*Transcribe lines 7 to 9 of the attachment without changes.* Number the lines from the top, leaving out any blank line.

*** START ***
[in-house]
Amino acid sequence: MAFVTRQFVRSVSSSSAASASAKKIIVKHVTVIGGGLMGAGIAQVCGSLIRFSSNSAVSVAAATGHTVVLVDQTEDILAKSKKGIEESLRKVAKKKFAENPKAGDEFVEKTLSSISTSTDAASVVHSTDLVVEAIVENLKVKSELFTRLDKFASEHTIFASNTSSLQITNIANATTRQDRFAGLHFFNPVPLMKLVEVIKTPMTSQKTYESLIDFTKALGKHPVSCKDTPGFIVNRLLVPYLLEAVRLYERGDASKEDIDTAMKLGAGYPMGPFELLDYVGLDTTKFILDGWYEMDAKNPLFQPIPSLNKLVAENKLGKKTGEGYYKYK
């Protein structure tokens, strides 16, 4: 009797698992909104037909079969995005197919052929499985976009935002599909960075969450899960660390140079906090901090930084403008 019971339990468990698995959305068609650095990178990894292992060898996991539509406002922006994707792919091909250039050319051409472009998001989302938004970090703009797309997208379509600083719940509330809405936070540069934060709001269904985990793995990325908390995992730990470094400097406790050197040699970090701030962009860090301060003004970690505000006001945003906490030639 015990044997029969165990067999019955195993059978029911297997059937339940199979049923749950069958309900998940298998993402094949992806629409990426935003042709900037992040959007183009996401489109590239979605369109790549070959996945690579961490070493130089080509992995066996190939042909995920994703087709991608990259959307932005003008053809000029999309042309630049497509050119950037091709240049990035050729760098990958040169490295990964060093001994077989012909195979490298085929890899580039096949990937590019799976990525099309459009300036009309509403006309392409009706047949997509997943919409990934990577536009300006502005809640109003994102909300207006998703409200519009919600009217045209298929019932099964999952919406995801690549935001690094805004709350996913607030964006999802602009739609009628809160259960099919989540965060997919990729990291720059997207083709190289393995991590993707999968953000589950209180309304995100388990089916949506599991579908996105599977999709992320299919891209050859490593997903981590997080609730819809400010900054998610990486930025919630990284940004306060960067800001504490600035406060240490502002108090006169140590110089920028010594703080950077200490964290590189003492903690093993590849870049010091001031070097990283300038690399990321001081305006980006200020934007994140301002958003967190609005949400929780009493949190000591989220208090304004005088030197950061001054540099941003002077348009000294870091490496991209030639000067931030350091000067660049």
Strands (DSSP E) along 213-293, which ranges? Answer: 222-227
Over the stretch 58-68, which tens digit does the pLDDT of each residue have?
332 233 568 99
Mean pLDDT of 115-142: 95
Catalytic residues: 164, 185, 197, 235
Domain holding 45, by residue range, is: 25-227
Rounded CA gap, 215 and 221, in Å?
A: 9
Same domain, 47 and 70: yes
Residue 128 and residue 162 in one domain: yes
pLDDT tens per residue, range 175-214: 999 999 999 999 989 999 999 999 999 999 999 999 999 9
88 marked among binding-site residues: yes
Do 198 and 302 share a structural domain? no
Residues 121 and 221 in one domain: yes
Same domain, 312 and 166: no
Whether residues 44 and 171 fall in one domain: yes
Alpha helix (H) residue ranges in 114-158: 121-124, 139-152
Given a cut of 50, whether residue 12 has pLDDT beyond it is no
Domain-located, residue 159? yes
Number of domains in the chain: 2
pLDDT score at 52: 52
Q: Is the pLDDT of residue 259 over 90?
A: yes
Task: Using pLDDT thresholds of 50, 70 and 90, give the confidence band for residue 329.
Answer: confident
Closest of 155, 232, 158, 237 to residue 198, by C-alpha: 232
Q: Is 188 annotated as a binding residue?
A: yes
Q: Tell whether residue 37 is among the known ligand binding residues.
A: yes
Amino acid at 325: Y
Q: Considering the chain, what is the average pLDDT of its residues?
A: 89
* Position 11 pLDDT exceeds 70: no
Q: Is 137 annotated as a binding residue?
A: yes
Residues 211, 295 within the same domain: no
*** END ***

Mean pLDDT of 115-142: 95
Catalytic residues: 164, 185, 197, 235
Domain holding 45, by residue range, is: 25-227